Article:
For those who want to add a steakhouse to your Chicago visit, try Chicago Cut Steakhouse or David Burke's Primehouse. For a mixed palate, consider Hugo's Frog Bar and Grill on Rush Street. Hugo's may be best known for its namesake frog legs and other seafood dishes, but the restaurant also shares a kitchen with Gibson's Steakhouse and offers the famous steaks on its menu. For the best of both restaurants, I'd recommend the popular steak and crab cake entree. Nearby Shaw's Crab House is also a popular choice for seafood and steak in the city with a fun atmosphere in River North. The restaurant features live jazz music in its Oyster Bar from Sunday through Thursday.
There are also plenty of choices for Italian food in the city. Head down to Little Italy and give Tuscany on West Taylor Street a try. Start out with an order of the grilled calamari followed by one of the restaurant's great pasta or seafood dishes. For dessert, make sure to stop by Mario's Italian Lemonade, where the Italian tricolor shack has been serving up drinkable Italian ice since 1954.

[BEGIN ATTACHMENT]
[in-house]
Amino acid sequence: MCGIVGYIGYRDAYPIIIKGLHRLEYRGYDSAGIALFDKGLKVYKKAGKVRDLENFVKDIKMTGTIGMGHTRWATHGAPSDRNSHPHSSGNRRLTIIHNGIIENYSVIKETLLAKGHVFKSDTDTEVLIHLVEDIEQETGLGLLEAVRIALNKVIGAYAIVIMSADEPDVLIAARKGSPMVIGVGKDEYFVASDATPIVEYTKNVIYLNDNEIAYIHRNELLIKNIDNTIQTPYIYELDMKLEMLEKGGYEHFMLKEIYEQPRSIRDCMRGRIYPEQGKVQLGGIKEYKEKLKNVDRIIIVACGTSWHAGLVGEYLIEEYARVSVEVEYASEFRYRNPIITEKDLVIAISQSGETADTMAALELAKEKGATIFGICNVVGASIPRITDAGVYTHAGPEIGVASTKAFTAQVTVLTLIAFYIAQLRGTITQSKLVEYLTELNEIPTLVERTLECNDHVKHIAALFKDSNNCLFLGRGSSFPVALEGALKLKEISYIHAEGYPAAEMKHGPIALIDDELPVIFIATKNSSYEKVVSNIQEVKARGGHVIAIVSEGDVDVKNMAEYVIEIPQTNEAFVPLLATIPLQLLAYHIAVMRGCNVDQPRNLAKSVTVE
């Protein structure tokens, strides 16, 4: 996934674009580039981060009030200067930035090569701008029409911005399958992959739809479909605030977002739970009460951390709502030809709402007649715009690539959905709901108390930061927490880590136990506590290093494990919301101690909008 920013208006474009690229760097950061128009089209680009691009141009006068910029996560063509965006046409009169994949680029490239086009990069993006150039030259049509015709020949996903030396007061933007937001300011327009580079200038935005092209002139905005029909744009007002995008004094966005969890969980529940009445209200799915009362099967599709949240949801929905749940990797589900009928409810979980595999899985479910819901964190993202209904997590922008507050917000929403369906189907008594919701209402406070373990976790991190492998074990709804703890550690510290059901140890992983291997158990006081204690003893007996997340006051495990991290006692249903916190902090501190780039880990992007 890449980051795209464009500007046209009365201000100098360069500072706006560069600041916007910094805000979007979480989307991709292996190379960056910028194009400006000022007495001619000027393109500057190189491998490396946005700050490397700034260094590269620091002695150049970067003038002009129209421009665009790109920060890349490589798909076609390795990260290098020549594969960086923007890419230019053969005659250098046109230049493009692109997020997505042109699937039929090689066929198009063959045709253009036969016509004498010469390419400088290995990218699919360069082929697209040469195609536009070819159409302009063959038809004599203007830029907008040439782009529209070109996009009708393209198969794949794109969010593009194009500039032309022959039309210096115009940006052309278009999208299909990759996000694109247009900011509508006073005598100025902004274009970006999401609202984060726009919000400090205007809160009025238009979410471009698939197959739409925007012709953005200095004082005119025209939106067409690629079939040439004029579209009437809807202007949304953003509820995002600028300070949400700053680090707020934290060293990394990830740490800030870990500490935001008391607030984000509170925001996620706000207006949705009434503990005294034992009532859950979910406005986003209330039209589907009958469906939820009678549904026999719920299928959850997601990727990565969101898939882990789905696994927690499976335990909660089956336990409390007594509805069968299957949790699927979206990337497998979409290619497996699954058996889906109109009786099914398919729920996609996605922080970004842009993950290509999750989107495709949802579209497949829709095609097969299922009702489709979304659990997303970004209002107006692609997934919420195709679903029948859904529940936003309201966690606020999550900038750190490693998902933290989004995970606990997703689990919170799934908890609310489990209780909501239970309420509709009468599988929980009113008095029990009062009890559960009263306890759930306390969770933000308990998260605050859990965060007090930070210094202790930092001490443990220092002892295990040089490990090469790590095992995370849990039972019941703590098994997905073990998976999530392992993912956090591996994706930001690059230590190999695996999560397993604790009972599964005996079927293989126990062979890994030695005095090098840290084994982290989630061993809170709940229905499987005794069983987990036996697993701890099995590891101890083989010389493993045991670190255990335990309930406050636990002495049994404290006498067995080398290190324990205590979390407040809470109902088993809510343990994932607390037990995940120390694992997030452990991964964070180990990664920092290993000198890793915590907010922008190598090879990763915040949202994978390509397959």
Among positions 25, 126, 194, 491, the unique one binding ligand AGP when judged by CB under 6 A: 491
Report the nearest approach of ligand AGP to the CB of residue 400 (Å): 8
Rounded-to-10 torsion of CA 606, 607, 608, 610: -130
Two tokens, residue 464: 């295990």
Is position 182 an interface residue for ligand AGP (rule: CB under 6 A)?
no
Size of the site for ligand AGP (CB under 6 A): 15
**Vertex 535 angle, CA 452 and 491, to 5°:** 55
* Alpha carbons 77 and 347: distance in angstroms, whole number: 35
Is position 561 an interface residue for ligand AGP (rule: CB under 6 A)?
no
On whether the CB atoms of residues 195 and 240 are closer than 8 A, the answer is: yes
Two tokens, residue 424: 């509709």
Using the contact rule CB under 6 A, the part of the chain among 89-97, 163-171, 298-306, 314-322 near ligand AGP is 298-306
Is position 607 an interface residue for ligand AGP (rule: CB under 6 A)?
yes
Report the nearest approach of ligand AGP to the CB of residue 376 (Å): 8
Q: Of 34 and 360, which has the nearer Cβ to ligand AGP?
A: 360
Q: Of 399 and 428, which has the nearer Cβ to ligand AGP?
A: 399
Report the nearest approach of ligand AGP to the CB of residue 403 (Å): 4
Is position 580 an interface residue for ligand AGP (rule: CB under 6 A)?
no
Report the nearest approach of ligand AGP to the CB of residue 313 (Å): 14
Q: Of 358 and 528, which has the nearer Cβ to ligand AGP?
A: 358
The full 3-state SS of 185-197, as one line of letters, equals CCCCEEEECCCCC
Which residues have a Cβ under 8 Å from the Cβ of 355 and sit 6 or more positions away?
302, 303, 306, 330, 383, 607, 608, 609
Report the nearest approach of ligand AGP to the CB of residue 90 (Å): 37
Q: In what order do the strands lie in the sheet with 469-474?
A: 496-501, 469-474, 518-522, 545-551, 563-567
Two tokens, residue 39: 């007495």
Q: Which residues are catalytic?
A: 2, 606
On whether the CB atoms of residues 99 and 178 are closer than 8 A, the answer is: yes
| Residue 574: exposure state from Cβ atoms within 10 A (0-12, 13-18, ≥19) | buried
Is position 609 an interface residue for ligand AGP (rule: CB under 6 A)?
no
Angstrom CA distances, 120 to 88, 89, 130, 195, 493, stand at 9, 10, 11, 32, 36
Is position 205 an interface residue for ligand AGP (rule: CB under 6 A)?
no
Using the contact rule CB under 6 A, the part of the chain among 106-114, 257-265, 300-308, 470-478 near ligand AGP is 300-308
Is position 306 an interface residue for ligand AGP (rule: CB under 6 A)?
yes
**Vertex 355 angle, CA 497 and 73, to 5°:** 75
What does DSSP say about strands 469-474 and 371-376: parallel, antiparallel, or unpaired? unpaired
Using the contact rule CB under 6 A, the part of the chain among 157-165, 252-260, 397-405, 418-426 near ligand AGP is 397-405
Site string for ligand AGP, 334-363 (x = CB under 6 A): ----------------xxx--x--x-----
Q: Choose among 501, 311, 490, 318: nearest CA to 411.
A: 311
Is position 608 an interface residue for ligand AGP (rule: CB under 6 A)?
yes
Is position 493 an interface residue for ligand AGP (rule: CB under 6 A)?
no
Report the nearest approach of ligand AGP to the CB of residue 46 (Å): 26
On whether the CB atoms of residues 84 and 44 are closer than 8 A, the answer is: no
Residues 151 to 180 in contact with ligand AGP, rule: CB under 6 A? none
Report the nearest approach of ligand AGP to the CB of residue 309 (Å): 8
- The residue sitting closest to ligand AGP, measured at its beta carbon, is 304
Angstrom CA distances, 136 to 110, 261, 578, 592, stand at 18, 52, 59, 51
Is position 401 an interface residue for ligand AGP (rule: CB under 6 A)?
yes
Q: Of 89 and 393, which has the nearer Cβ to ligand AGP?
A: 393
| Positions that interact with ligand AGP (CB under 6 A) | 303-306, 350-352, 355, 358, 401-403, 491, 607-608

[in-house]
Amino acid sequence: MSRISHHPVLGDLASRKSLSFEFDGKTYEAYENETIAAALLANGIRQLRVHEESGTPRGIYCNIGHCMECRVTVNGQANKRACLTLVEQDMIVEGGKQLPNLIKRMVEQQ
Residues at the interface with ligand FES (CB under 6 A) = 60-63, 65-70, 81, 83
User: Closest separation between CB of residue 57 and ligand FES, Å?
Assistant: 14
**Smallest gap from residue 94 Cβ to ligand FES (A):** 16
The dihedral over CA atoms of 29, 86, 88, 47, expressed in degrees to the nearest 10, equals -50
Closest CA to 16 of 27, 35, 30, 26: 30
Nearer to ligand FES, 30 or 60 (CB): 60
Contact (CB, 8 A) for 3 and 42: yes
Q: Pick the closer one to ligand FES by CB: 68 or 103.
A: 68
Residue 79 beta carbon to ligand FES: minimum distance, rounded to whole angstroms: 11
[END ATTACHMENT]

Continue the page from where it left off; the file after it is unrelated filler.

What to see
Some of the best views of Chicago can be seen from the 95th floor of the Hancock Building in the Signature Room or the Skydeck of the Willis (formerly Sears) Tower. For the history buffs, a variety of architectural boat tours run along the Chicago River with great views of the skyline, Lake Michigan and the iconic Navy Pier.
Museum Campus is also another popular stop for visitors of Chicago. Located on the lakefront just south of the downtown Loop, Museum Campus features three of Chicago's world-famous museums: Field Museum of Natural History, Shedd Aquarium and Adler Planaterium.
From the "Friendly Confines" of Wrigley Field, which the Chicago Cubs call home, to the lakefront Soldier Field, where the Chicago Bears play, Chicago's five major sports teams play a huge role in the city's culture. Other teams include the Chicago Bulls and Chicago Blackhawks who both battle opponents at the United Center, while the Chicago White Sox welcome supporters to U.S. Cellular Field. If you can find the time to catch a game, you're sure to join some of the greatest fans in sports here in Chicago.